7mer-A1: This is an exact match to positions 2-7 of the mature miRNA (the seed) followed by an 'A'

    Now, there are several conserved and non-conserved miRNA families. So before going into the results part, we need to understand them. Broadly conserved signifies that it's conserved across most vertebrates (Supplemental table 1 of Friedman et al.), conserved means it's conserved across most mammals and poorly conserved covers the domain of other organisms. TargetScan defines site conservation by conserved branch length, with each site type having different threshold for conservation . (Friedman R.C, 2009).The different values are:

    8mer >= 0.8, 7mer-m8 >=1.3, 7mer-1A >=1.6

    Method

    First TargetScan webtool was opened and under species section, 'Human' is selected. Next, under the Human Gene Symbol section, our target gene PTTG1 was selected. Then I chose Broadly Conserved microRNA families from the drop down of step 3. This was the first step of the process, and subsequently the relevant results were obtained.

    Next, taking the results of our first step, we handpicked certain microRNAs based on their context scores and conserved branch lengths, which will be elaborated in the results section, and found out individual binding sequences, taking into account their probability of preferential conservation. These miRNAs were then subjected to sequencing using miRbase (Kozomara A, 2014), to find out other related properties.

    RESULTS AND DISCUSSION

    TargetScan analysis was done along with sequence identification with miRbase and miRDB.

    The conserved miRNA sites that were obtained from the first step of the process from TargetScan are:

    miRNA data
    miRNA Site TypePosition on PTTG1 3' UTRContext ++ Score Conserved Branch Length 
    hsa-mir-655-3p8mer 32-39 -0.722.667 
     hsa-mir-374c-5p8mer 32-39-0.71 2.667

    Because of similar scores and site of binding, I selected hsa-mir-655-3p which has a higher negative context++ score. Upon clicking on the view table of miRNAs link on the left corner of the results page, we get the miRNA families conserved only among mammals sorted based on their cumulative weightage score:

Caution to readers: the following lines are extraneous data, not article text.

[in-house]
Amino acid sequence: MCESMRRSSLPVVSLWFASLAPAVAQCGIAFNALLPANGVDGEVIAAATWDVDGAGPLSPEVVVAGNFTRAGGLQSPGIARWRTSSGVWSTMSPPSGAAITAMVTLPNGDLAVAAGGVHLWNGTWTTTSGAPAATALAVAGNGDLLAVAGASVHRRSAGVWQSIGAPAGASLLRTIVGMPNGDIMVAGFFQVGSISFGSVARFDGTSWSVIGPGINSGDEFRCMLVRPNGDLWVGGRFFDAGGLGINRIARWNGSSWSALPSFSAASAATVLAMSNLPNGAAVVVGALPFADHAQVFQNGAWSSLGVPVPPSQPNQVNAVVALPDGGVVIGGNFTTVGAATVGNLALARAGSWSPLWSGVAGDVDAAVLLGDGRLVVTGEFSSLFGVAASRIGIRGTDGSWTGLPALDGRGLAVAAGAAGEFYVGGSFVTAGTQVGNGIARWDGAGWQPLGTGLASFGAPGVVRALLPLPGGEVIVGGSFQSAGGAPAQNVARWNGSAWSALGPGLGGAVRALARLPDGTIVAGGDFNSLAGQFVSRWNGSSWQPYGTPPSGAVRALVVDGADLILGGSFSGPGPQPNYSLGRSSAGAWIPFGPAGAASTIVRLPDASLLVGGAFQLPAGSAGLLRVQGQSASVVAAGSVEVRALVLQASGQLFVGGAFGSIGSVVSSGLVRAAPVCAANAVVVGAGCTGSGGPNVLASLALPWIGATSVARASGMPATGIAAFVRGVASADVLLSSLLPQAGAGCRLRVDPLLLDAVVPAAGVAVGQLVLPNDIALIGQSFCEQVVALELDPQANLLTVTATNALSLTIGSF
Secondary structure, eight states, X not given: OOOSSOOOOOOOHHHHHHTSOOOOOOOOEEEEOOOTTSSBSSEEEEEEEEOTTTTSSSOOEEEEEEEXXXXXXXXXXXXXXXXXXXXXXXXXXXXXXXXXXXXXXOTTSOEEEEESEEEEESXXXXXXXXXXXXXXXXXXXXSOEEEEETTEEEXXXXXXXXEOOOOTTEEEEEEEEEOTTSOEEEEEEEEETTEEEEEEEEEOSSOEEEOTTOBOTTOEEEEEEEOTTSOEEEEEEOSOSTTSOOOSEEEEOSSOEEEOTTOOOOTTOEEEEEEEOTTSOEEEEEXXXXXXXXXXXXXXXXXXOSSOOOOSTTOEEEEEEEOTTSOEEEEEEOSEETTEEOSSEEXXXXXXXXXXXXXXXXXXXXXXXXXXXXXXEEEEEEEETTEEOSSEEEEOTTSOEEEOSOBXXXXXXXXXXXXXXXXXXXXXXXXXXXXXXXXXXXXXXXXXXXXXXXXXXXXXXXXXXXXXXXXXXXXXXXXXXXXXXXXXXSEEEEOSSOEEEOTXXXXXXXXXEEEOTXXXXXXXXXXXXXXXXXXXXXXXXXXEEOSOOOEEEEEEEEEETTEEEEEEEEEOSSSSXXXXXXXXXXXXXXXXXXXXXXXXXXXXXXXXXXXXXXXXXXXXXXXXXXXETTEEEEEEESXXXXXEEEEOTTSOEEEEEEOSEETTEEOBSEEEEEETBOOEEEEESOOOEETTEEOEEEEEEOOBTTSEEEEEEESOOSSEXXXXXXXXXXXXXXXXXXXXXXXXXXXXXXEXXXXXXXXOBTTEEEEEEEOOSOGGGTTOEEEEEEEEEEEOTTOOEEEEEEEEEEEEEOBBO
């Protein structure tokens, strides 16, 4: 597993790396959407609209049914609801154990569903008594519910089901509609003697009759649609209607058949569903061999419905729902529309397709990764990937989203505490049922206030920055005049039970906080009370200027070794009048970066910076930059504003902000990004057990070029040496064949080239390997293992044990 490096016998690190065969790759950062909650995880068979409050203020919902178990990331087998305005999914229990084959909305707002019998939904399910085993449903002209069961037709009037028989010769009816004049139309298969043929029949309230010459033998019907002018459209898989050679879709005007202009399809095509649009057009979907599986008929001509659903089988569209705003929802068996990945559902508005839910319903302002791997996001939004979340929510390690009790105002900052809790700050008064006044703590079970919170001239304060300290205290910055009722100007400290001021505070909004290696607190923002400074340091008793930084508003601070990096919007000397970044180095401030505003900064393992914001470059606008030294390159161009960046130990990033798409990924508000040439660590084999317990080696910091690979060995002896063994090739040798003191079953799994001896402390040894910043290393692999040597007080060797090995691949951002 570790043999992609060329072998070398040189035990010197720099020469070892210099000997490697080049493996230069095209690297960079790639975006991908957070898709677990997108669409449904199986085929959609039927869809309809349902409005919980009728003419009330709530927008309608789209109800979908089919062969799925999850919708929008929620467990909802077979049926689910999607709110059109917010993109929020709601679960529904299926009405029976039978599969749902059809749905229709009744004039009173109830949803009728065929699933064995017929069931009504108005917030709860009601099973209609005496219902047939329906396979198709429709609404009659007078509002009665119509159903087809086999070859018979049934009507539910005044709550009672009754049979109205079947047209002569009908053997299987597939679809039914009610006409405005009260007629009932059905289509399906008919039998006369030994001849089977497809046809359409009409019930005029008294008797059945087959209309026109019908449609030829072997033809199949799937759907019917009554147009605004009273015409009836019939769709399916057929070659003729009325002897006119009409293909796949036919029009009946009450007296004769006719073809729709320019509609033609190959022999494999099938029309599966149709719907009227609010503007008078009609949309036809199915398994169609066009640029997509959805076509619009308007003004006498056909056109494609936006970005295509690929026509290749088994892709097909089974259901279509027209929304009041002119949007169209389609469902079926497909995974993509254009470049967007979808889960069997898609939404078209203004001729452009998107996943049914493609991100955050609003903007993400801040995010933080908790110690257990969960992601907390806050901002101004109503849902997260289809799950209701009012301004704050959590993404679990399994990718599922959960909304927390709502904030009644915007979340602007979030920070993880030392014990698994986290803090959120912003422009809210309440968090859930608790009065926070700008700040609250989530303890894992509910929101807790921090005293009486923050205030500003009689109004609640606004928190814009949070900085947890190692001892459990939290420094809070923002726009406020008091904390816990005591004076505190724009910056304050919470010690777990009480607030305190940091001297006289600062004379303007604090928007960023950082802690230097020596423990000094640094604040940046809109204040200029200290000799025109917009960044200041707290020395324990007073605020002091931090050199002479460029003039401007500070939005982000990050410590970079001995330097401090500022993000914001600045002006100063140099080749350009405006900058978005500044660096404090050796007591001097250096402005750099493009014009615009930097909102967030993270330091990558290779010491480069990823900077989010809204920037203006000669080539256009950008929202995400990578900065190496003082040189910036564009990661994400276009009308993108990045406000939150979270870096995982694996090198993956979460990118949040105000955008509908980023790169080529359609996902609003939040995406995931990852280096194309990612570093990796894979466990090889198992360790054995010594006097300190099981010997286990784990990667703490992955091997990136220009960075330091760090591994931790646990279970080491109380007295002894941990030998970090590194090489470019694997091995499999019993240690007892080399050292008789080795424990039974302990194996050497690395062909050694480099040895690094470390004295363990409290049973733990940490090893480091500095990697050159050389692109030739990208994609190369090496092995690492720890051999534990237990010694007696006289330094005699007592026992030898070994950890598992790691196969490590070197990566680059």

miRNA families conserved among mammals
    miRNA family Conserved Sites  Poorly Conserved Sites Position on PTTG1 3' UTRConserved Branch Length Cumulative weighted context++ score 
    mir-655-3p 8mer  -32-39  2.667 -0.72
    mir-186-5p  -  8mer46-53  0.364 -0.59
    mir-329-3p/362-3p -7mer-A1  23-29 0.847 -0.33 

    Now, context score is a sequence based score for individual target sites that is calculated by TargetScan. (Grimson A et al., 2007) Targets with lowest context plus scores are generally considered to be the most representative ones. (Garcia DM et al., 2011) It is been used for the analysis of preferentially conserved miRNA-pairing motifs within 3' UTRs.

    Again, TargetScan conserved branch length score is that it represents the sum of phylogenetic branch length between species that contains a site. (Friedman R.C, 2009) This will be elaborated more later on.

    Now, for our Human PTTG1 gene (ENST00000352433.5), it has a 3' UTR length of 63 as predicted by TargetScan:

    All miRNAs image.jpg
      miRNA families conserved among mammals

      As we can see that miR-655-3p binds to the positions 32-39 of the PTTG1 3' UTR, while miR-186-5p binds to the sequences 46-53 and finally miR-329-3p/362-3p binds to the 23-29 sequences of the PTTG1 3' UTR.

      seed key.png
        Seed type key

        Each colour code for the miRNAs represent their seed type, as already mentioned in the earlier table. What TargetScan or such similar tools do is, they calculate probabilities. There is always a range of probabilities for even something like miRNA target prediction. The true value lies in the range between higher and lower probabilities for the same set of colour markers.

        mir-655-3p.PNG
          miR-655-3p
          Capture of miR-186-5p.PNG
            miR-186-5p
            329-3p 362-3p.PNG
              miR-329-3p/362-3p